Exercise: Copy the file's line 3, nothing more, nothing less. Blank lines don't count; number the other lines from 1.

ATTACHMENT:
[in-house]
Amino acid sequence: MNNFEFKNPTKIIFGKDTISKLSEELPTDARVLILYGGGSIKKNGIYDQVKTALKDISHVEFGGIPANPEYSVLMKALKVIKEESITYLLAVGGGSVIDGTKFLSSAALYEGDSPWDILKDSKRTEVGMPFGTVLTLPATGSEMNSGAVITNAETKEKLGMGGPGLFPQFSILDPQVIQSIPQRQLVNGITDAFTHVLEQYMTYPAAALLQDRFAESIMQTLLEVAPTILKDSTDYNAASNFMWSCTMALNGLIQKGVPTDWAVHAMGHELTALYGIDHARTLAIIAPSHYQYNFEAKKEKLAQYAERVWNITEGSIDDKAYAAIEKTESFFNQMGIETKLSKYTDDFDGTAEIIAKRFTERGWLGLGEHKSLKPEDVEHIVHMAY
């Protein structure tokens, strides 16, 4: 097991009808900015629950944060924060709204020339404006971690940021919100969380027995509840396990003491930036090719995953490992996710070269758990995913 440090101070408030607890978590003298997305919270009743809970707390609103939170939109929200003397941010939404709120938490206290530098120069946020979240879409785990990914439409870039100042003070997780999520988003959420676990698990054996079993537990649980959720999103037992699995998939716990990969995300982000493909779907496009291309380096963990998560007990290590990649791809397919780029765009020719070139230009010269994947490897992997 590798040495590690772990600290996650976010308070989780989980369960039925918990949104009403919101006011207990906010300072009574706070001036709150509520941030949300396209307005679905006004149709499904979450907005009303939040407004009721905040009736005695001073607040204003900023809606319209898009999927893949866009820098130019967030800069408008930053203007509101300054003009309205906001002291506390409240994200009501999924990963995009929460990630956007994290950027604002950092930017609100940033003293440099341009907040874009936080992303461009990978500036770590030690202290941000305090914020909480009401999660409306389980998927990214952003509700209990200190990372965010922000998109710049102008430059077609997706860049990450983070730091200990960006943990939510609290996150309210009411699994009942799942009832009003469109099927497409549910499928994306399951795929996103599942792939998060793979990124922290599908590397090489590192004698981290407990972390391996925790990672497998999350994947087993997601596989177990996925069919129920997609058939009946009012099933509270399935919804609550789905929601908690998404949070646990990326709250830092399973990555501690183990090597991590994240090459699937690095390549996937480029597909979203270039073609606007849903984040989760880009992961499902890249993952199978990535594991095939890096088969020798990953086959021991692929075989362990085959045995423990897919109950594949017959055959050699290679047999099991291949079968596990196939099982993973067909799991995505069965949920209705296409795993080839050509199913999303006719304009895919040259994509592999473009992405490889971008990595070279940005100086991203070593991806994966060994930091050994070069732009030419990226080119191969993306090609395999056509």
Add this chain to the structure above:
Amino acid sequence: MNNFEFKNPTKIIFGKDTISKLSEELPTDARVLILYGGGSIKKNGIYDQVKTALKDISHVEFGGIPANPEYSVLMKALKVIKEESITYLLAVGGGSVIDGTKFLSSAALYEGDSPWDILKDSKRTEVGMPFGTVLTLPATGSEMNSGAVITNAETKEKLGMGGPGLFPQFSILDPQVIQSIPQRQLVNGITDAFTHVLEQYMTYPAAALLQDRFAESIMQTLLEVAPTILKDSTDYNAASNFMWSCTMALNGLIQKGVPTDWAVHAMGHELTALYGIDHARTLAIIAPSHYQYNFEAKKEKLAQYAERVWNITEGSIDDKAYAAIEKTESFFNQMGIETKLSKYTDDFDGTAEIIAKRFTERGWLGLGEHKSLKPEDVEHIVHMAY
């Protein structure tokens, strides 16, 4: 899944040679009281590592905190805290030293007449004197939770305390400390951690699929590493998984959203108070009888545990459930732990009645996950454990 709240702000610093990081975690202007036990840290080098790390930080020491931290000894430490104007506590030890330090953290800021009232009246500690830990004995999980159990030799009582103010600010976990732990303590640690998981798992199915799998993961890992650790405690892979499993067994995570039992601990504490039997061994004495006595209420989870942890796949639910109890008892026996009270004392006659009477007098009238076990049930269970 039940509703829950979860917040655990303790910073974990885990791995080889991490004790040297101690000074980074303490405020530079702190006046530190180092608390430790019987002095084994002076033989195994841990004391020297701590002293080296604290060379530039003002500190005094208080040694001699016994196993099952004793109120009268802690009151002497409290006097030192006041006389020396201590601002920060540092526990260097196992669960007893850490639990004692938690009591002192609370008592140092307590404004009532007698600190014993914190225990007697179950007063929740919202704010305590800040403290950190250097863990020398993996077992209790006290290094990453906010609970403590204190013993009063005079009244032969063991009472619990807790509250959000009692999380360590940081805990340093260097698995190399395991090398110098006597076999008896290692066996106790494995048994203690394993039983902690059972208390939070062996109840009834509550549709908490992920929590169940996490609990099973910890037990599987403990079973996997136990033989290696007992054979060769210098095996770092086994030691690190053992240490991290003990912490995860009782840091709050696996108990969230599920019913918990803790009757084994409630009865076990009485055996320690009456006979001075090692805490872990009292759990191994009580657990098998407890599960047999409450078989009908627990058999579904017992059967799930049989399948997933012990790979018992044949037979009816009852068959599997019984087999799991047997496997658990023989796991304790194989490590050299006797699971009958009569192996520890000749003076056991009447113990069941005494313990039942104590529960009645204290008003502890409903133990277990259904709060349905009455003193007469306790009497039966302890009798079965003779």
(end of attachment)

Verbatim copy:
């Protein structure tokens, strides 16, 4: 097991009808900015629950944060924060709204020339404006971690940021919100969380027995509840396990003491930036090719995953490992996710070269758990995913 440090101070408030607890978590003298997305919270009743809970707390609103939170939109929200003397941010939404709120938490206290530098120069946020979240879409785990990914439409870039100042003070997780999520988003959420676990698990054996079993537990649980959720999103037992699995998939716990990969995300982000493909779907496009291309380096963990998560007990290590990649791809397919780029765009020719070139230009010269994947490897992997 590798040495590690772990600290996650976010308070989780989980369960039925918990949104009403919101006011207990906010300072009574706070001036709150509520941030949300396209307005679905006004149709499904979450907005009303939040407004009721905040009736005695001073607040204003900023809606319209898009999927893949866009820098130019967030800069408008930053203007509101300054003009309205906001002291506390409240994200009501999924990963995009929460990630956007994290950027604002950092930017609100940033003293440099341009907040874009936080992303461009990978500036770590030690202290941000305090914020909480009401999660409306389980998927990214952003509700209990200190990372965010922000998109710049102008430059077609997706860049990450983070730091200990960006943990939510609290996150309210009411699994009942799942009832009003469109099927497409549910499928994306399951795929996103599942792939998060793979990124922290599908590397090489590192004698981290407990972390391996925790990672497998999350994947087993997601596989177990996925069919129920997609058939009946009012099933509270399935919804609550789905929601908690998404949070646990990326709250830092399973990555501690183990090597991590994240090459699937690095390549996937480029597909979203270039073609606007849903984040989760880009992961499902890249993952199978990535594991095939890096088969020798990953086959021991692929075989362990085959045995423990897919109950594949017959055959050699290679047999099991291949079968596990196939099982993973067909799991995505069965949920209705296409795993080839050509199913999303006719304009895919040259994509592999473009992405490889971008990595070279940005100086991203070593991806994966060994930091050994070069732009030419990226080119191969993306090609395999056509």